In Pridie, they may have gotten it. I'm not predicting stardom, but the guy had a rough 2006 in what was effectively his Double-A debut after missing almost all of 2005 with a knee injury. The Twins liked him well enough in 2006 to snag him via Rule 5, but they wound up returning him to the Rays. He's not really a power source as much as a guy with a solid spread of offensive gifts-some pop (57 extra-base hits between Double- and Triple-A last year), some speed (26 steals against ten times caught), and on-base limitations that don't seem to bother the Twins overmuch (only 33 unintentional walks in 574 PA). He seems to still be able to cover ground well enough in center to engender some confidence that he can play there in the majors, and he also brings a good arm to the table. Add in that he's still only 24, and that while he may not be a star, he's also not Denard Span or Craig Monroe. Adding Monroe as his right-handed veteran caddy is all well and good, but there's a shot that the Twins received two useful outfield regulars in the deal, and that's what they have to be looking for this spring. If Young has to provide the star power to make this deal look good in retrospect, Pridie has it within him to provide the Twins with a thoroughly adequate regular, and getting that in center under contractual control for years is worth something.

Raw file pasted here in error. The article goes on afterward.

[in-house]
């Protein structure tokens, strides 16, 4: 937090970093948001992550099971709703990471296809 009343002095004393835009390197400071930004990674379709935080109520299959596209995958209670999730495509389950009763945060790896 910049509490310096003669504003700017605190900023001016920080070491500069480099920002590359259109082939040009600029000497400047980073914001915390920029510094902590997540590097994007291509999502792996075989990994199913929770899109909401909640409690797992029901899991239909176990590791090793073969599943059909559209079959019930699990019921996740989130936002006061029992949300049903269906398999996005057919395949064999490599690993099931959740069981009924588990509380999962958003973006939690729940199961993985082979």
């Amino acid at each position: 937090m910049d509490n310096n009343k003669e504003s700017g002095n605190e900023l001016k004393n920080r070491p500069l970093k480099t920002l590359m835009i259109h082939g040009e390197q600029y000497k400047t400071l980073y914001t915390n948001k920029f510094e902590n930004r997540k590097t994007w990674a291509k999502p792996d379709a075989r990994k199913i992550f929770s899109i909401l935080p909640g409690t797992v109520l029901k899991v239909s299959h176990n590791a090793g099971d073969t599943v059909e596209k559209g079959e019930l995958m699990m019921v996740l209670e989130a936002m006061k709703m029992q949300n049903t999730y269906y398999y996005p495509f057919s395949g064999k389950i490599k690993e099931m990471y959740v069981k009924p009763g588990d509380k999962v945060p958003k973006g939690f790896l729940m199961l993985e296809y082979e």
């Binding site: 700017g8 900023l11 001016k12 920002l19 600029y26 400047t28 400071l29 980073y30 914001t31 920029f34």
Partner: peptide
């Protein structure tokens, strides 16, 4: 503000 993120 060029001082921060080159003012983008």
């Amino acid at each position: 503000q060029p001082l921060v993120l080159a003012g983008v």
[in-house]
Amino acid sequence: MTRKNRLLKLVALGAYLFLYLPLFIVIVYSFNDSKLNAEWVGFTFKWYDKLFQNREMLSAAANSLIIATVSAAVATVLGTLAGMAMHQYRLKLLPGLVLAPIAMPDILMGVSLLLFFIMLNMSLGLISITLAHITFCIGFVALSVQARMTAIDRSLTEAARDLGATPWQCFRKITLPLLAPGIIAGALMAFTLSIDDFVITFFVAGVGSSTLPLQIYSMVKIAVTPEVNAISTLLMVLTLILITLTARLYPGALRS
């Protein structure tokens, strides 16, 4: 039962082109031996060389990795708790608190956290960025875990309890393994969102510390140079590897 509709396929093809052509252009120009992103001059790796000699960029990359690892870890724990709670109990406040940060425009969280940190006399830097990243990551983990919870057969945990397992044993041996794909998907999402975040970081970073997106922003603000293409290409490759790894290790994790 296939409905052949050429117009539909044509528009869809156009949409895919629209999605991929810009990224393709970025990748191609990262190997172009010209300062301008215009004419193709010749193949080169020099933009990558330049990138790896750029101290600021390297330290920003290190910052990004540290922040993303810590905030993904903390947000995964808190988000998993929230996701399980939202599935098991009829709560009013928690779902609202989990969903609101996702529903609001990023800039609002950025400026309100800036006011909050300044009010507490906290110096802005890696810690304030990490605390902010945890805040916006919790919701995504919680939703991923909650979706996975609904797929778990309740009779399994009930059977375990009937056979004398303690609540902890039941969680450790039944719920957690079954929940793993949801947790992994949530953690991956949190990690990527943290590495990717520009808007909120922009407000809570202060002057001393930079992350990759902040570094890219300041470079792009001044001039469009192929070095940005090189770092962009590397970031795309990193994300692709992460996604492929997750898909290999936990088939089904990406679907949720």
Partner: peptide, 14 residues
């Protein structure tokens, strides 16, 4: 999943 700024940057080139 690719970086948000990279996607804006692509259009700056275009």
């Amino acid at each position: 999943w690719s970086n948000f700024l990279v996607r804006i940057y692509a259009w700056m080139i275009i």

The infield now involves a lot of moving parts with discrete virtues that could keep Ron Gardenhire extra-busy as far as mixing and matching. The disaster would be if the Twins wind up with a lot of Nick Punto at second and too many at-bats for Everett at short, but even that latter wouldn't be the end of the world because of what Everett's glove can and should mean for a young pitching staff. I suppose the offense-first solution would be Harris at second, Alexi Casilla at short, and Lamb at third, but Harris can slide over to third to function as Lamb's platoon partner and defensive rep, Casilla might get a shot to settle in as the everyday second baseman, and mixing in Punto in doses at all three positions could work well enough. That's five players and three regular jobs, but given the glaring weaknesses of some of these players-Everett's bat, Lamb's glove, Punto's easy overexposure-there's no reason to make any one of them besides Casilla an everyday player.
What Else Might Santa Bring? Not much. I suppose they could add another center field type, but this might just be Darnell McDonald's big opportunity should Pridie fail. This should probably squelch any talk of moving Joe Mauer to the outfield, but the guy who might have to put up or go away is Jason Kubel; if Mauer has to move out from behind the plate, Kubel had better be earning his keep at DH.